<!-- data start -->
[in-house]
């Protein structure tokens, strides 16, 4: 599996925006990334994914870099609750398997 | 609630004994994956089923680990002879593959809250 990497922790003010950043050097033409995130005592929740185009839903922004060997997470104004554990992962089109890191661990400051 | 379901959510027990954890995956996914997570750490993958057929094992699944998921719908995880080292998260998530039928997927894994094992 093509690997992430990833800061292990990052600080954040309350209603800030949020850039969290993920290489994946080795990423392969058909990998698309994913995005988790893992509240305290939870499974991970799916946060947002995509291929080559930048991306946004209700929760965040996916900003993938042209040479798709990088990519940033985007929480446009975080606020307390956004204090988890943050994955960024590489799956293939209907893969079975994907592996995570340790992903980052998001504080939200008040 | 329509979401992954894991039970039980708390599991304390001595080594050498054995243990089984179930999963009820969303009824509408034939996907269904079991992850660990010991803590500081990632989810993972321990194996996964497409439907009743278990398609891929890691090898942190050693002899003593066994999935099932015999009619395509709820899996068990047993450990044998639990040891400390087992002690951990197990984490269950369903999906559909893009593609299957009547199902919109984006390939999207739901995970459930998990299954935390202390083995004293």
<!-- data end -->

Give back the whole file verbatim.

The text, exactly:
[in-house]
């Protein structure tokens, strides 16, 4: 599996925006990334994914870099609750398997 | 609630004994994956089923680990002879593959809250 990497922790003010950043050097033409995130005592929740185009839903922004060997997470104004554990992962089109890191661990400051 | 379901959510027990954890995956996914997570750490993958057929094992699944998921719908995880080292998260998530039928997927894994094992 093509690997992430990833800061292990990052600080954040309350209603800030949020850039969290993920290489994946080795990423392969058909990998698309994913995005988790893992509240305290939870499974991970799916946060947002995509291929080559930048991306946004209700929760965040996916900003993938042209040479798709990088990519940033985007929480446009975080606020307390956004204090988890943050994955960024590489799956293939209907893969079975994907592996995570340790992903980052998001504080939200008040 | 329509979401992954894991039970039980708390599991304390001595080594050498054995243990089984179930999963009820969303009824509408034939996907269904079991992850660990010991803590500081990632989810993972321990194996996964497409439907009743278990398609891929890691090898942190050693002899003593066994999935099932015999009619395509709820899996068990047993450990044998639990040891400390087992002690951990197990984490269950369903999906559909893009593609299957009547199902919109984006390939999207739901995970459930998990299954935390202390083995004293």